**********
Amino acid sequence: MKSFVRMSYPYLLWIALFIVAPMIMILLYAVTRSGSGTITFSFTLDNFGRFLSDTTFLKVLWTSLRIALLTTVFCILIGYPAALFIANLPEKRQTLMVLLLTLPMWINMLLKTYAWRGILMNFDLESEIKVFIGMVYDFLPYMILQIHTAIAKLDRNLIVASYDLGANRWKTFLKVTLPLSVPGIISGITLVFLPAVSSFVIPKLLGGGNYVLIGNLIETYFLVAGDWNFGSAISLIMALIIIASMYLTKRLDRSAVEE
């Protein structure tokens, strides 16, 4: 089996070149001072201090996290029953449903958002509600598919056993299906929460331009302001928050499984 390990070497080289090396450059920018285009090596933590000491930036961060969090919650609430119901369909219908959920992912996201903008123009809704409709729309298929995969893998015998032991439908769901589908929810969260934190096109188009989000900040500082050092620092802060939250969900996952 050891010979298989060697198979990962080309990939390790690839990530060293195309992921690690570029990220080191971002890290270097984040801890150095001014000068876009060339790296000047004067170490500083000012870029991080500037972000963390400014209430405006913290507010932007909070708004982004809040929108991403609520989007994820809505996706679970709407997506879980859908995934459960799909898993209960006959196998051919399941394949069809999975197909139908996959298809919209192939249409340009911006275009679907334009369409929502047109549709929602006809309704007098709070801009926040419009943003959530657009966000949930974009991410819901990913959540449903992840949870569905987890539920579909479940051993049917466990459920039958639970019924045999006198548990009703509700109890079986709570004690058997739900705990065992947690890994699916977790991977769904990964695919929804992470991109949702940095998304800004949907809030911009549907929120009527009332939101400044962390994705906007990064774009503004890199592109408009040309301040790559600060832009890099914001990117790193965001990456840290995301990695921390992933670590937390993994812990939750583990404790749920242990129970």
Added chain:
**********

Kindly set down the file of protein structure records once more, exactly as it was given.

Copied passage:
Amino acid sequence: MKSFVRMSYPYLLWIALFIVAPMIMILLYAVTRSGSGTITFSFTLDNFGRFLSDTTFLKVLWTSLRIALLTTVFCILIGYPAALFIANLPEKRQTLMVLLLTLPMWINMLLKTYAWRGILMNFDLESEIKVFIGMVYDFLPYMILQIHTAIAKLDRNLIVASYDLGANRWKTFLKVTLPLSVPGIISGITLVFLPAVSSFVIPKLLGGGNYVLIGNLIETYFLVAGDWNFGSAISLIMALIIIASMYLTKRLDRSAVEE
């Protein structure tokens, strides 16, 4: 089996070149001072201090996290029953449903958002509600598919056993299906929460331009302001928050499984 390990070497080289090396450059920018285009090596933590000491930036961060969090919650609430119901369909219908959920992912996201903008123009809704409709729309298929995969893998015998032991439908769901589908929810969260934190096109188009989000900040500082050092620092802060939250969900996952 050891010979298989060697198979990962080309990939390790690839990530060293195309992921690690570029990220080191971002890290270097984040801890150095001014000068876009060339790296000047004067170490500083000012870029991080500037972000963390400014209430405006913290507010932007909070708004982004809040929108991403609520989007994820809505996706679970709407997506879980859908995934459960799909898993209960006959196998051919399941394949069809999975197909139908996959298809919209192939249409340009911006275009679907334009369409929502047109549709929602006809309704007098709070801009926040419009943003959530657009966000949930974009991410819901990913959540449903992840949870569905987890539920579909479940051993049917466990459920039958639970019924045999006198548990009703509700109890079986709570004690058997739900705990065992947690890994699916977790991977769904990964695919929804992470991109949702940095998304800004949907809030911009549907929120009527009332939101400044962390994705906007990064774009503004890199592109408009040309301040790559600060832009890099914001990117790193965001990456840290995301990695921390992933670590937390993994812990939750583990404790749920242990129970």
Added chain: